Toby Young: Free schools aren’t empty, it’s just bad press

Writing in the Guardian, co-founder of the West London Free School Toby Young argues that, contrary to recent reports, free schools are thriving, but says all the sensational headlines are detracting from what he believes we really need – a mature debate about Gove’s education policies…

The Independent’s splash on Friday, the scandal of the empty free schools, left me a little confused. The headline in the paper version claimed that 70% of free schools are “empty”. But even the most avid opponent of Michael Gove’s education reforms must have realised that couldn’t possibly be true.

It turned out that the paper was using the word “empty” as a synonym for “not fully subscribed”, a rather less sensational claim. Indeed, 80% of all state schools in England aren’t fully subscribed, so according to the same logic, four out of five schools in England are “empty” too.

Even allowing for the hyperbole, the article was odd. The story was supposedly based on new research published by the Labour Party, but in fact it was based on a National Audit Office report on free schools published last December. If you read the executive summary of that report, it was generally favourable. And in almost every particular, the Independent’s version of that report – or rather, the Independent’s unquestioning regurgitation of the Labour Party’s version – was wrong…

Another “fact” revealed by the Labour Party’s analysis is that “two-thirds of free school places were not in an area in most need of primary school places”. In fact, the report says: “Around 70% of estimated primary and secondary places from open or approved free schools are in districts forecasting some need for places.”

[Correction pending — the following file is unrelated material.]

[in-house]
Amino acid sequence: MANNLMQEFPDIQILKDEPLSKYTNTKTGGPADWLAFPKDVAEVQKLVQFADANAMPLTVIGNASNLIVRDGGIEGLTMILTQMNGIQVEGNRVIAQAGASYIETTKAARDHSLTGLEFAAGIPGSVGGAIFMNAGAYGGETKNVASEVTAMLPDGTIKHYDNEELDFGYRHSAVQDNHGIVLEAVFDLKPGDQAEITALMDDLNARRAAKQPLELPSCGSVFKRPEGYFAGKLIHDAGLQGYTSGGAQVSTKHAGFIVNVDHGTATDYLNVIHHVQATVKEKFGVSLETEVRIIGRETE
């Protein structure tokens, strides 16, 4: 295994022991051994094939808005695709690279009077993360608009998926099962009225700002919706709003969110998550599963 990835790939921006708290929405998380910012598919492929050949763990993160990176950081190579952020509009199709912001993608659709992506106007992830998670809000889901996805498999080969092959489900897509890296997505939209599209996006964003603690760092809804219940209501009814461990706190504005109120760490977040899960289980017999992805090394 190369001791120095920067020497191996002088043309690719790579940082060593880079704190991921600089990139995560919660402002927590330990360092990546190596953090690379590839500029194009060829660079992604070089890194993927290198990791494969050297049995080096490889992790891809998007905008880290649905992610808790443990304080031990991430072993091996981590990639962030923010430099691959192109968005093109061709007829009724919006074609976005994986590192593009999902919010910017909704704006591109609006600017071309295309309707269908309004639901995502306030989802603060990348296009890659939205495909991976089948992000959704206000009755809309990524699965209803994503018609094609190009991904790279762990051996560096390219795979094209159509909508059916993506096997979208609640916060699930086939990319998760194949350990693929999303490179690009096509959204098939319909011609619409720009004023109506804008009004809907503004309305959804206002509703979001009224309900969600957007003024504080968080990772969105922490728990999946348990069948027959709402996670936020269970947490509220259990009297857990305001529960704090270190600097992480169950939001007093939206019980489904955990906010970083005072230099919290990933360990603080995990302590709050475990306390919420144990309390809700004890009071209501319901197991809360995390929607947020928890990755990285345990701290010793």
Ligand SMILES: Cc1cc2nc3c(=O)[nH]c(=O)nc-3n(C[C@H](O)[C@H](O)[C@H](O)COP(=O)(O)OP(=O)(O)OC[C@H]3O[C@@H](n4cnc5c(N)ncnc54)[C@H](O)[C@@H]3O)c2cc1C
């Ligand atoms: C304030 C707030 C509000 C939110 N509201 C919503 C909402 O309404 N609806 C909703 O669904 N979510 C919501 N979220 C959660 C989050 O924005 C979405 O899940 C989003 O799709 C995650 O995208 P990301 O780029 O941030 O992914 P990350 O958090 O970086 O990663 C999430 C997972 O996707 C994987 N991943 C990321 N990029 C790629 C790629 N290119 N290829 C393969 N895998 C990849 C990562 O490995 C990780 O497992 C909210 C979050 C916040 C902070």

The paper then goes on to quote Kevin Brennan – Tristram Hunt’s number two and, presumably, the author of the Labour Party’s new research – blaming “the crisis in primary school places” on the fact that the government has chosen “to open free schools in areas where there are already enough places”.

As “factual” claims go, that one really takes the biscuit. 174 free schools have been set up so far, of which about 50 are in areas where there’s no need for more places. If the money spent on setting up those 50 schools had been spent on new primaries instead, you’d barely make a dent in the shortage of places. And that shortage is almost entirely due to the fact that the last government cut 200,000 primary school places.

As the general election approaches, it would be good to have a proper, grown up debate about Michael Gove’s education policies. (If you’re interested in the case for free schools, see this piece I wrote for Standpoint.) Unfortunately, so much misinformation is put out by the teaching unions and their allies in the Labour Party, that’s going to be virtually impossible…

More at: Free schools aren’t empty, it’s just bad press

Fair response from Toby Young to the recent claims from the Labour Party that appeared in the press? Do you have a different perspective? Either way, please let us know in the comments or via twitter…

Top doctor slams schools policy for fuelling epidemic of child obesity
Free schools damaged by lack of 'joined-up' government thinking, warns sponsor
Categories: Free Schools.


  1. andylutwyche

    SchoolsImprove Very little reported by media regarding education isn’t totally misleading, just that toadmeister doesn’t agree with this

  2. andylutwyche

    SchoolsImprove Rich that toadmeister is calling for mature debate regarding Gove’s policy implementation having read some of his offerings

  3. VictoriaJaquiss

    g56g Yes, Toby, a good grown up discussion re education wud be good idea and then we get 2 throw out Gove and all his so-called policies.

Let us know what you think...